What if there was a mantra that could solve all of your problems?
I’m talking every single one of your problems – from hangnail to divorce.
What if this mantra had the power to completely eviscerate everything you perceive as difficult, wrong, or totally-not-fair?
And shake up your life in the process.
You probably think such a mantra doesn’t exist, that I’m just blowing silly Goofball steam out of my silly Goofball ears.
There is such a mantra, and I’m going to lay it on you right now:
Nothing is wrong.
Whatever is currently going on in your life, from the miniscule irritations to the big, fat serious problems, this mantra speaks to all of it.
All of it.
But wait, you say. I am the exception to this rule. In my case, something is really wrong. Really, really wrong. You don’t understand.
Oh, but I do.
I understand, and so does the mantra.
In order to make sense of this radical concept, you need to know a few things.
The first thing is that this mantra makes no sense. At least, not to the rational mind.
Most of us look at our lives and see problems. Or maybe we don’t have many problems, but we can still find things outside ourselves that are less-than-perfect: War. Global warming. Child abuse.
How can anyone look at these things and say that nothing is wrong?!
Well, the rational mind can’t. It’s impossible. To the rational mind, people getting hurt and abused is a problem. Clearly.
But this mantra isn’t about the rational mind. It goes beyond that.
You know those zen koans that make no sense? Like: What is the sound of one hand clapping?
“Nothing is wrong,” is in that category. It bumps up against the way our human brains see the world. It bumps up against the way our human brains see everything.
“Nothing is wrong” even bumps up against the way we spiritual types are taught to speak.
Anyone who’s taken Affirmations and Mantras 101 knows that you’re supposed to phrase your affirmations and mantras in the affirmative. You never put a word like wrong in a mantra. That’s just . . . wrong!
Of course, you could flip this phrase into the affirmative and say “Everything is perfect.”
But it doesn’t pack the same punch. And it doesn’t challenge our limited human understanding in the same way.
Let me give you an example:
I have a friend who’s sick. Really sick. After years of treatments, the doctors are now saying he’s got a few months to live.
By all accounts, this doesn’t make any sense. He eats well, he exercises, he has a spiritual practice. He’s approached his illness with everything he has, including claiming and affirming the highest good for himself and his family.
And at this point, it looks like his “highest good” may involve leaving his physical body in the next few months.
But why? Why him?
He’s still so young. He has an amazing wife and two little kids under the age of five.
There’s no way he should be leaving now.
Needless to say, I’ve been feeling sad about this. Yes, I’m a hard core woo-woo person, and I believe that, ultimately, everything happens for a reason.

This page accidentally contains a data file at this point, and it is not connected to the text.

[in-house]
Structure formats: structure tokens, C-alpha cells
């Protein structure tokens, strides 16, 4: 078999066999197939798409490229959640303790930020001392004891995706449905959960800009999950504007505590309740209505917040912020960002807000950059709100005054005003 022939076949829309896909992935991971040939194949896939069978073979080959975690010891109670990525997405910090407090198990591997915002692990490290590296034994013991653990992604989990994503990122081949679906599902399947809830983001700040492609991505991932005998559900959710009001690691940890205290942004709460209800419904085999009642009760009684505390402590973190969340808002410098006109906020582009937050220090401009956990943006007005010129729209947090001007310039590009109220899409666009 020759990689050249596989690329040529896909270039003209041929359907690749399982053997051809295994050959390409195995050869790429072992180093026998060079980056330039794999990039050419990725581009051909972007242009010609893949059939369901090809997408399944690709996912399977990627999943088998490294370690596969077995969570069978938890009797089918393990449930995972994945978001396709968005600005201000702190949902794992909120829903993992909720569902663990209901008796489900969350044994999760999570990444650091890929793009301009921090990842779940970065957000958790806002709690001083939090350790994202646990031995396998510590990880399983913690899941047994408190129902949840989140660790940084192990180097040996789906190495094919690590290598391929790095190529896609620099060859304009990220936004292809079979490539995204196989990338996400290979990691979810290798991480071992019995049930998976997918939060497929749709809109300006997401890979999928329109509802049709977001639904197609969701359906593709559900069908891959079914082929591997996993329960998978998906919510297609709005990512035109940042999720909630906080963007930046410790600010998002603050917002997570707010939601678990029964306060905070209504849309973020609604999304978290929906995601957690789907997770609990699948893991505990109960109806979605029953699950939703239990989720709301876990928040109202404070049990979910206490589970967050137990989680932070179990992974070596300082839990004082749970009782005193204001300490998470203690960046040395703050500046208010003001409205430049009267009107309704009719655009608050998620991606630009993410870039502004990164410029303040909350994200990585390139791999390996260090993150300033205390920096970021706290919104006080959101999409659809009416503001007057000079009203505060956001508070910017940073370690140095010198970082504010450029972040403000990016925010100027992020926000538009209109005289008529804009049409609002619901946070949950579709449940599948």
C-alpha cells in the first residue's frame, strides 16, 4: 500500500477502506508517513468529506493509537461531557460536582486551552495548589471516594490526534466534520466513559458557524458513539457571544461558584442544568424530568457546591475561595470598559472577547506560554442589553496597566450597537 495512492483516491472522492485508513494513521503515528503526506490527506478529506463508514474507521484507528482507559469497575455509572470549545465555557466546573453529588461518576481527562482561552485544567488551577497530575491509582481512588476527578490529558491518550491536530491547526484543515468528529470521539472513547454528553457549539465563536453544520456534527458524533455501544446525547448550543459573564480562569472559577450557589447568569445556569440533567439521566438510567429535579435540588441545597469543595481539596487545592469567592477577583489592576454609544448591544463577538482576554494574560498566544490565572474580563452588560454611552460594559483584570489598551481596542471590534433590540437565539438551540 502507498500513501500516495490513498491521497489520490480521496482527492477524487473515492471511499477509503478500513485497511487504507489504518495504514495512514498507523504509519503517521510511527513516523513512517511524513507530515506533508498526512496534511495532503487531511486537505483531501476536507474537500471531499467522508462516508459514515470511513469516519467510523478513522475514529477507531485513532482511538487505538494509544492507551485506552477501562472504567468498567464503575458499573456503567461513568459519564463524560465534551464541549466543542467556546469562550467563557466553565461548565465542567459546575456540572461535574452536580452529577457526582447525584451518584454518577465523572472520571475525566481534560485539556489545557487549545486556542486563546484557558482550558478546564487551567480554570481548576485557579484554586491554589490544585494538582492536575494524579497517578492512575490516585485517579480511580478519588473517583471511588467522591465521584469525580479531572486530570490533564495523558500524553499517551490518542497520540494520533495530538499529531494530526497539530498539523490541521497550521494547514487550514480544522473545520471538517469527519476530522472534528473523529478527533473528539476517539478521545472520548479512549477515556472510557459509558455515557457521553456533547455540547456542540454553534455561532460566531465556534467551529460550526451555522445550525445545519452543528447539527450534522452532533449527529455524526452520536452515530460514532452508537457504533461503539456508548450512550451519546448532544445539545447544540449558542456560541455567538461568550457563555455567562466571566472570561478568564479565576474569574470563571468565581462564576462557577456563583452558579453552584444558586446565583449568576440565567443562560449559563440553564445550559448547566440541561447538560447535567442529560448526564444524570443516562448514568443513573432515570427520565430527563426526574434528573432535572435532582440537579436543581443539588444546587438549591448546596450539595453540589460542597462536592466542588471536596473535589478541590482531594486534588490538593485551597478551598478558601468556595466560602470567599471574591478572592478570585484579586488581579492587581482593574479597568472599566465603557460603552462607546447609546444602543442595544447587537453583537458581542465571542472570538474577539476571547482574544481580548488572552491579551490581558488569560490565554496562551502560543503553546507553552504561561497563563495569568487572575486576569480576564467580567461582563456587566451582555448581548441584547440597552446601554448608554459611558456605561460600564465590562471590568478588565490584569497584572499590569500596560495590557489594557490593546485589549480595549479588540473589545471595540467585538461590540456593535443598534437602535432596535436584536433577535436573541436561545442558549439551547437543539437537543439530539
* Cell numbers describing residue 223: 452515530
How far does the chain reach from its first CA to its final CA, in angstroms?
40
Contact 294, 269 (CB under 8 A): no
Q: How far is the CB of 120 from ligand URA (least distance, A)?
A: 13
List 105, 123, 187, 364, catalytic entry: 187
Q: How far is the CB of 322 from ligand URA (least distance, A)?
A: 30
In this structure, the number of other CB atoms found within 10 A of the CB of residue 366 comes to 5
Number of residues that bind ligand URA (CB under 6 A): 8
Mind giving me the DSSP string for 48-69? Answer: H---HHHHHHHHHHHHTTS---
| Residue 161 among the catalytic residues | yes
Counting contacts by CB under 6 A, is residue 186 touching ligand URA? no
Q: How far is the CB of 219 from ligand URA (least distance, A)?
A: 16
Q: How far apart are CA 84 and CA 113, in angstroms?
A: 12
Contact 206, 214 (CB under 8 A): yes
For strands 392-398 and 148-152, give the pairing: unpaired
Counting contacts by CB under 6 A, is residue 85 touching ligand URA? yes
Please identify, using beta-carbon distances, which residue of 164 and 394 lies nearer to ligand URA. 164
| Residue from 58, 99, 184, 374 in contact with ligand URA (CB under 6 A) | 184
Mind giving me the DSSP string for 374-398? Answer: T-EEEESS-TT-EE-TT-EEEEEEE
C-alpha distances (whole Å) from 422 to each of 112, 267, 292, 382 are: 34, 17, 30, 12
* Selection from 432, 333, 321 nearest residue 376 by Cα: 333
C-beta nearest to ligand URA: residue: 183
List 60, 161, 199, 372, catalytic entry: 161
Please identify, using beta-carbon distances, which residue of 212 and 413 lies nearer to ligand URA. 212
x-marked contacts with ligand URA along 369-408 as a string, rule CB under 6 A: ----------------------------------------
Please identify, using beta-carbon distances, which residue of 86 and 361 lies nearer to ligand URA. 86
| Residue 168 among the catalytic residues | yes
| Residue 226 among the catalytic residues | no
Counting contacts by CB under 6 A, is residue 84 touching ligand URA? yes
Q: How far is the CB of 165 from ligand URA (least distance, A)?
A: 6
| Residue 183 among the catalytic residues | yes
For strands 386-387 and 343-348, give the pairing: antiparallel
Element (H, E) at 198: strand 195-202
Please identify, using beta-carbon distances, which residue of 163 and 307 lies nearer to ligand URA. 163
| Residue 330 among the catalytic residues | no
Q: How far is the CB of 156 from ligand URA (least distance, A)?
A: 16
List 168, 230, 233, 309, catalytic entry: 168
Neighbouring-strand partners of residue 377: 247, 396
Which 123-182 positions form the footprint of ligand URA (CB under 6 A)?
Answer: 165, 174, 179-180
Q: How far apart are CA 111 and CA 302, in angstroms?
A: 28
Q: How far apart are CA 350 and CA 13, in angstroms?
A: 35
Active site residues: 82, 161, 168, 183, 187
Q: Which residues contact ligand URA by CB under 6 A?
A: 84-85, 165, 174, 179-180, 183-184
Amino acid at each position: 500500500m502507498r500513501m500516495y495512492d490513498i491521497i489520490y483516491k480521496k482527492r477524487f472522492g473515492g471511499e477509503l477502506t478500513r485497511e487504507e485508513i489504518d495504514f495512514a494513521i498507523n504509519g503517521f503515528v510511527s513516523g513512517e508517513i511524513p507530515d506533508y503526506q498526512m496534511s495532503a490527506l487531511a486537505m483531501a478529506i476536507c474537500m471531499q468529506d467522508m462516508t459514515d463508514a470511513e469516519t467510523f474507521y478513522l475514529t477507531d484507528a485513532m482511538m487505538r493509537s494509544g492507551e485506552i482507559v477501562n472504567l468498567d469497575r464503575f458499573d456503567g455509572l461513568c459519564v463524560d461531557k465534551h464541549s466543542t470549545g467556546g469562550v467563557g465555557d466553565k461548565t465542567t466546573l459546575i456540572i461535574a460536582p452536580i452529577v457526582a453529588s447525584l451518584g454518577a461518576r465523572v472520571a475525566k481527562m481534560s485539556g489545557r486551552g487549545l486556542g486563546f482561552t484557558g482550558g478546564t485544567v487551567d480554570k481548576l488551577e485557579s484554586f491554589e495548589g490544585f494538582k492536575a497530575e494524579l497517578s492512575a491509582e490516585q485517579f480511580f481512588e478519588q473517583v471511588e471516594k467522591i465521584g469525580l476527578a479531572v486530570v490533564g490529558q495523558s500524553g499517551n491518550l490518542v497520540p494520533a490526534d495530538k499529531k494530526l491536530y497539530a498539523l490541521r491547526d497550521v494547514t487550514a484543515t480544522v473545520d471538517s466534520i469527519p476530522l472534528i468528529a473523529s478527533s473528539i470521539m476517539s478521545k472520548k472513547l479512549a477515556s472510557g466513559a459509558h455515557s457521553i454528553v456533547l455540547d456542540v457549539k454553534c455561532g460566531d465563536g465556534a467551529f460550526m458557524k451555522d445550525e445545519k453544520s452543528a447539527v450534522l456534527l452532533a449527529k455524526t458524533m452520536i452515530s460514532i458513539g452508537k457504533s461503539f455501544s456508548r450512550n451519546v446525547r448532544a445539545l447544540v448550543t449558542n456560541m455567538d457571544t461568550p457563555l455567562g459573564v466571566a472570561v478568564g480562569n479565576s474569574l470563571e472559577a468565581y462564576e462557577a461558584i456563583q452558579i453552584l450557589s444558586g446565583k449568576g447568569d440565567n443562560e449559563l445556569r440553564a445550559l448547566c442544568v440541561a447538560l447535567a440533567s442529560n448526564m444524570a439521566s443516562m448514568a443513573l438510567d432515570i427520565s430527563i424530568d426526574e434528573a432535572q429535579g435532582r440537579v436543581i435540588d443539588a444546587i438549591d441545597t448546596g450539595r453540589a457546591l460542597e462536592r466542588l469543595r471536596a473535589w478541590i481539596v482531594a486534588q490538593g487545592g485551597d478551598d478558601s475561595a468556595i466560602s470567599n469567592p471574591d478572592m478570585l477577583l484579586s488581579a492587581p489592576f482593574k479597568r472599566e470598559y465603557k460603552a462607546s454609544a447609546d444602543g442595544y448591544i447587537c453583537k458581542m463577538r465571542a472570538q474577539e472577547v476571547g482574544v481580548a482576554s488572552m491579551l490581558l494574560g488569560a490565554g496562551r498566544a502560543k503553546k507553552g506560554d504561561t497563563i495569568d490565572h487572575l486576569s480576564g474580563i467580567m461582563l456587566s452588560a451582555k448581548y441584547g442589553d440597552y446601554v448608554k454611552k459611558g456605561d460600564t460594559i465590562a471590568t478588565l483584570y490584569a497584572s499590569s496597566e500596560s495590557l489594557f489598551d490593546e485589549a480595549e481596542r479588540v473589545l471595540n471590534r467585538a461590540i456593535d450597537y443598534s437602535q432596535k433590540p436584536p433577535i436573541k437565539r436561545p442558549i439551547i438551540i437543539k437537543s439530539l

But the prospect of my friend dying?
It still sucks. It’s still really hard. Especially when I think about his two kids.
The other day, I was thinking about him and his family and I started to cry. For what he’s going through. For what his wife and kids are going through.
I let myself feel the grief and the craziness and the bigness of it all. As I did, the grief moved through me like an ocean. Like something so much bigger than me, I could barely contain it.
And that’s when I first heard it:
Nothing is wrong.
The mantra didn’t come from an airy-fairy place. Like “everything’s going to turn out fine in the end.”
No, it was speaking to exactly what my friend is going through right now. The sickness and the scariness and the difficulty of it all.
Nothing is wrong.
The mantra was telling me that all those things are going on, and nothing is wrong with any of it.
I couldn’t deny it because I could feel it in my bones. I could feel it in the bigger-than-me thing that was still holding me. Like the ocean.
I can’t explain this through rational means. I can come up with theories, and I do have some. Things like soul agreements made before we come into this lifetime. Experiences we decide to have on a deeper level.
But that’s not what the mantra was telling me.
The mantra was simply telling me that nothing is wrong. And I believed it.
I believed it because I could feel it.
It wasn’t a feeling like happiness. Or a feeling that resulted from wishful thinking. It was a feeling that transcended all of that.
Nothing is wrong completely altered how I see my friend and his family. It completely altered how I see everything.
And that’s why I wanted to share it with you.
I don’t know if it will be helpful.
I don’t know if it will make any sense. Though it’s not about making sense.
For what it’s worth, I wanted to put this radical little mantra out into cyber space. It came from somewhere beyond the material plane, so it makes sense to send it forth into similar territory.
Nothing is wrong.
That’s all, folks.
How do you feel about this mantra? Share your comments below.
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